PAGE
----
The Man Who Invented Management

Without doubt one of the most innovative personalities of the past century was Peter F. Drucker, a writer, professor, management consultant and self-described “social ecologist,” who explored the way human beings organize themselves and interact much the way an ecologist would observe and analyze the biological world.

He has had a crucial contribution to the development of Management as a discipline – the Man Who Invented Management – as he was once named by The New York Times.

He was saying that management is not a science or an art. It is a profession, like medicine or law. It is about getting the very best out of people.

Throughout his work, Drucker called for a healthy balance between short-term needs and long-term sustainability; between profitability and other obligations; between the specific mission of individual organizations and the common good; between freedom and responsibility.

He originated the view of the corporation as a human community built on trust and respect for the worker and not just a profit-making machine. He first made clear that there is “no business without a customer,” a simple notion that ushered in a new marketing mind-set.

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He wrote about the contribution of knowledge workers long before anyone knew or understood how knowledge would trump raw material as the essential capital of the New Economy.

He taught the importance of picking the best people, of focusing on opportunities and not problems, of getting on the same side of the desk as our customers, of the need to understand your competitive advantages, and to continue to refine them. He believed that talented people were the essential ingredient of every successful enterprise.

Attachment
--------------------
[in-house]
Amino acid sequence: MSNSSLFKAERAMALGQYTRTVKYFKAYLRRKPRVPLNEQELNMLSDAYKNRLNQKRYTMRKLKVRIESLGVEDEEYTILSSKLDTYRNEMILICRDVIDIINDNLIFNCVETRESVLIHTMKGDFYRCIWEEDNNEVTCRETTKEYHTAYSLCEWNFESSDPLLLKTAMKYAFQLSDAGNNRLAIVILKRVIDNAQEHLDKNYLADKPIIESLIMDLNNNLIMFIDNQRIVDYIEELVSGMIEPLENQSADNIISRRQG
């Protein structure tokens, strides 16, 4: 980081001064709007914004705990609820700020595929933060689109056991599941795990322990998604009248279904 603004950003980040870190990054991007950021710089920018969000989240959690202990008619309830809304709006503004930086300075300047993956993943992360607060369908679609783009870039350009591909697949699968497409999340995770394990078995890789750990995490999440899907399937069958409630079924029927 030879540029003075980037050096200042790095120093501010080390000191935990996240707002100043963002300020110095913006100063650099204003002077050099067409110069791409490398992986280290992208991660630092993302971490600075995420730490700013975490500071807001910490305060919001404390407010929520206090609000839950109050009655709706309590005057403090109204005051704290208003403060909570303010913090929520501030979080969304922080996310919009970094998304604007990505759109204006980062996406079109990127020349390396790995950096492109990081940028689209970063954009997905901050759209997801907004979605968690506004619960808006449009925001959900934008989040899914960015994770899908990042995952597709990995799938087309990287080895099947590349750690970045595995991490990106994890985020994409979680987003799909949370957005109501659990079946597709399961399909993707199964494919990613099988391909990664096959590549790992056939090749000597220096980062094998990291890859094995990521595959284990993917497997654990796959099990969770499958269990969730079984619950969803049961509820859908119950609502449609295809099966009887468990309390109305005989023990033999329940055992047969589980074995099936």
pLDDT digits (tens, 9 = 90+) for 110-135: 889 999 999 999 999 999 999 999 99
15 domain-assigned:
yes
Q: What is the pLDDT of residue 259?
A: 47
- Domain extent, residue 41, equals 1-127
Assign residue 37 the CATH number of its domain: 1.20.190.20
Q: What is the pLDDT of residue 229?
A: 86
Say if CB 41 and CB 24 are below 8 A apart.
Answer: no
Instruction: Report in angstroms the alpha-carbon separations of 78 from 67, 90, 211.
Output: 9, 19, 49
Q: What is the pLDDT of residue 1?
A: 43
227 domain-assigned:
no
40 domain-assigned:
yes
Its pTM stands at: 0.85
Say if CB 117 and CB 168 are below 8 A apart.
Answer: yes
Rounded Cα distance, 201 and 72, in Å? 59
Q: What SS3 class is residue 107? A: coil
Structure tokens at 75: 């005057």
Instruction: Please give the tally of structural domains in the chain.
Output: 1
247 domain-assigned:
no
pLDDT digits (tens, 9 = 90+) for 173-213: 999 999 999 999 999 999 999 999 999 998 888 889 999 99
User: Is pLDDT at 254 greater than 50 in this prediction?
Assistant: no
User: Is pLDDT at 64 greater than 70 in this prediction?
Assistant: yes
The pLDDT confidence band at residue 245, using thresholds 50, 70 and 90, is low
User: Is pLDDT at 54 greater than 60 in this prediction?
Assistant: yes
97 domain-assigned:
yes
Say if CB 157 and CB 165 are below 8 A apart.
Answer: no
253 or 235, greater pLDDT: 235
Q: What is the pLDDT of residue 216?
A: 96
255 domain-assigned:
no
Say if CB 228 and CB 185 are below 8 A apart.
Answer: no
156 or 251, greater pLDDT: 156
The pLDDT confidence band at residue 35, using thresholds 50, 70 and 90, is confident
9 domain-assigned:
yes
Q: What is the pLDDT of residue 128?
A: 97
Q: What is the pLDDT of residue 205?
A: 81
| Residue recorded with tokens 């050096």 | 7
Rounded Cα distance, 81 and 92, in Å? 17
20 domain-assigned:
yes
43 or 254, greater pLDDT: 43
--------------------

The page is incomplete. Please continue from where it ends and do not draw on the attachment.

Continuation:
Some famous quotes by Peter Drucker:

  • “What is our business? Who is our customer? What does the customer value?”
  • “Journalists use the word ‘guru’ only because ‘charlatan’ is too long.”
  • “Management is the organ that converts a mob into an organization, and human efforts into performance.”
  • “So much of what we call management consist in making it difficult to people to work.”
  • “The most important thing in communication is to hear what isn’t being said.”
  • “The best way to predict the future is to create it.”
  • “The test of an innovation, after all, lies not its novelty, its scientific content, or its cleverness. It lies in its success in the marketplace.”

Summing-up: Peter Drucker was the greatest management thinker of the last century. The story of Peter Drucker is the story of management itself.

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